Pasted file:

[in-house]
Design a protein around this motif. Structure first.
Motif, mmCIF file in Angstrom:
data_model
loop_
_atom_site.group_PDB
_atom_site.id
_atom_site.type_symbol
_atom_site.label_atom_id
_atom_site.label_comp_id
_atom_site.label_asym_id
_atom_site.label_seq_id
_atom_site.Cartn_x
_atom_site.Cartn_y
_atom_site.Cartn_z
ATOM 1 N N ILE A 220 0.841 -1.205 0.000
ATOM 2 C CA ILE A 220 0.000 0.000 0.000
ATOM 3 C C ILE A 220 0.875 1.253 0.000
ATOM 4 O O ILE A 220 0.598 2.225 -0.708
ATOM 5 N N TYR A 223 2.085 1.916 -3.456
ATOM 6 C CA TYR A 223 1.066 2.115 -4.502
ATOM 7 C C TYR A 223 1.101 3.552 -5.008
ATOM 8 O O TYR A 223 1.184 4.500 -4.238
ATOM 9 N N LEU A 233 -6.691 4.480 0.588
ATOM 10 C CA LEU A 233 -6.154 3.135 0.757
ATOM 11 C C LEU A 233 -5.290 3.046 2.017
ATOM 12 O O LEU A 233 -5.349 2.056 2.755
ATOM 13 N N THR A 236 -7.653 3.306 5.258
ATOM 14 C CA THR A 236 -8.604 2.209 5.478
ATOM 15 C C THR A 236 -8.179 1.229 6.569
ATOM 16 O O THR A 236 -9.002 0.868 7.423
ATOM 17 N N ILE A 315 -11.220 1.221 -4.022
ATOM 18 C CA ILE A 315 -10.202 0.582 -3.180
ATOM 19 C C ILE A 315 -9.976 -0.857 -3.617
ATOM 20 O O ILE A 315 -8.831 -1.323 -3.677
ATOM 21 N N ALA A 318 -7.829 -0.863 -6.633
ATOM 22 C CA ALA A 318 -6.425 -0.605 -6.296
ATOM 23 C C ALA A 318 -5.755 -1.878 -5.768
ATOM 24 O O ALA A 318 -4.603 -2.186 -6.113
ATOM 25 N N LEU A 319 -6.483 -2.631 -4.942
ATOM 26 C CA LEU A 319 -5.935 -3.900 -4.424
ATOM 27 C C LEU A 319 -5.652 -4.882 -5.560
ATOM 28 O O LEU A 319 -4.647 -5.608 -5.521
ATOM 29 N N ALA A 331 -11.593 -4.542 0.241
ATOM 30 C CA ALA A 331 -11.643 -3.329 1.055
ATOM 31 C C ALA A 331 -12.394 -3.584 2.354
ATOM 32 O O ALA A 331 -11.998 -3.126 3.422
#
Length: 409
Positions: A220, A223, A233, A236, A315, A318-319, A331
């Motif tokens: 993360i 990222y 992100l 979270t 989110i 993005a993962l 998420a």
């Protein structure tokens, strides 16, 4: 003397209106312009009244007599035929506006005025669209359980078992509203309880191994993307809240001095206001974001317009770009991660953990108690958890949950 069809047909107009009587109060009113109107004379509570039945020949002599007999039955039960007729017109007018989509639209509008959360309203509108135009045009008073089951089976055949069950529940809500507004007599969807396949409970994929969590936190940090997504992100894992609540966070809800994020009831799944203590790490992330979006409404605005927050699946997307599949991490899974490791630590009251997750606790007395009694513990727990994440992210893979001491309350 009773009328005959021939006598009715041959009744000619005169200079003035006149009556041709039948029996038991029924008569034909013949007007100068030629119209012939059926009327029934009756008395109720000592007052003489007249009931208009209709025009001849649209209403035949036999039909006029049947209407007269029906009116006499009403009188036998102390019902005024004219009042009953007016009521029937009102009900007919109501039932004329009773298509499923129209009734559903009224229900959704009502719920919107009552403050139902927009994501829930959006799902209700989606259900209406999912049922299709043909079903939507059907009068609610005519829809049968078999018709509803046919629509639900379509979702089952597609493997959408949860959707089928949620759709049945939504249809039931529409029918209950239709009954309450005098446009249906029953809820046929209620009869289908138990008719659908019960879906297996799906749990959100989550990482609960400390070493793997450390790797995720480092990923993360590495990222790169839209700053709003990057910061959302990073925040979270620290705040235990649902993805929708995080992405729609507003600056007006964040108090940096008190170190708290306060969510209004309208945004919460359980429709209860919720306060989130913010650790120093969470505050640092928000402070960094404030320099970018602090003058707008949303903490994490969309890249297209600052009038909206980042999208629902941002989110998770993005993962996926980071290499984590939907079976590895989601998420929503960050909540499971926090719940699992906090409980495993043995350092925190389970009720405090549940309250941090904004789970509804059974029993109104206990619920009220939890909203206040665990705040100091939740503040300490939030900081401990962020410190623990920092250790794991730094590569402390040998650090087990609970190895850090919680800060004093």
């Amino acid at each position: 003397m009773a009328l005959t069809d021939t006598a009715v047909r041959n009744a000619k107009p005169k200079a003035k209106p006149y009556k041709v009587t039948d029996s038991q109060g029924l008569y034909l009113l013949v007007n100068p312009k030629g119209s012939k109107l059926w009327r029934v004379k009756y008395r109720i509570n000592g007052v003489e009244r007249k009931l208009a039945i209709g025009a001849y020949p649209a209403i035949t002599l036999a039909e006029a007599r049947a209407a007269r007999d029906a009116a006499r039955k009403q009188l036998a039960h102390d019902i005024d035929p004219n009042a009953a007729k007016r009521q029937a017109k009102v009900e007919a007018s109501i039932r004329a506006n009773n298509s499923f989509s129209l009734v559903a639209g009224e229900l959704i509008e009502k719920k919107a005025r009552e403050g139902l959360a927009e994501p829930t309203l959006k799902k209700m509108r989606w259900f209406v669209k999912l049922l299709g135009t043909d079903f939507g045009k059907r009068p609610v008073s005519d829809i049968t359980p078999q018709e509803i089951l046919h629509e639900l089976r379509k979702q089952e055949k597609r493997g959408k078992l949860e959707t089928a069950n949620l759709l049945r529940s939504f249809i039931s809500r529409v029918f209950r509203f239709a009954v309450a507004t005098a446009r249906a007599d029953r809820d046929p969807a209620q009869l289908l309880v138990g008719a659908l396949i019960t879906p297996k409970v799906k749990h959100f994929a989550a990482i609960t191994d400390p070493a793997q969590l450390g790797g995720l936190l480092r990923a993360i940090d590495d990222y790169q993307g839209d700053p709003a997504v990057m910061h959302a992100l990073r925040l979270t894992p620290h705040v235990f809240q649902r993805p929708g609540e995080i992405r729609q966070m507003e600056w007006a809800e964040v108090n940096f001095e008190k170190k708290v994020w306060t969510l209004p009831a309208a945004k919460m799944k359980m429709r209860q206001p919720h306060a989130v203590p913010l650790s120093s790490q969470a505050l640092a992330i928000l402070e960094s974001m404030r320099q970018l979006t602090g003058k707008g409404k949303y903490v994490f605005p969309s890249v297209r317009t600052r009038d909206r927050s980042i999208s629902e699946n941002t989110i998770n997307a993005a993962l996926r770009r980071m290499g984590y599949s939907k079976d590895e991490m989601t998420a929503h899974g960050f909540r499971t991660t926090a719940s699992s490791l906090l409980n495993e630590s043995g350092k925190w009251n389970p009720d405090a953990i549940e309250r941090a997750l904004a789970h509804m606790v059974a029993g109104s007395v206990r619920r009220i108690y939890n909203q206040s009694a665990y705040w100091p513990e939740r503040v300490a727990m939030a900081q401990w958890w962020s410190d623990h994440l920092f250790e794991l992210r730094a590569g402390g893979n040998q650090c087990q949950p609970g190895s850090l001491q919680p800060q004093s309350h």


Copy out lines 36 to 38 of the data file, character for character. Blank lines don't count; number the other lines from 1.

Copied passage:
ATOM 21 N N ALA A 318 -7.829 -0.863 -6.633
ATOM 22 C CA ALA A 318 -6.425 -0.605 -6.296
ATOM 23 C C ALA A 318 -5.755 -1.878 -5.768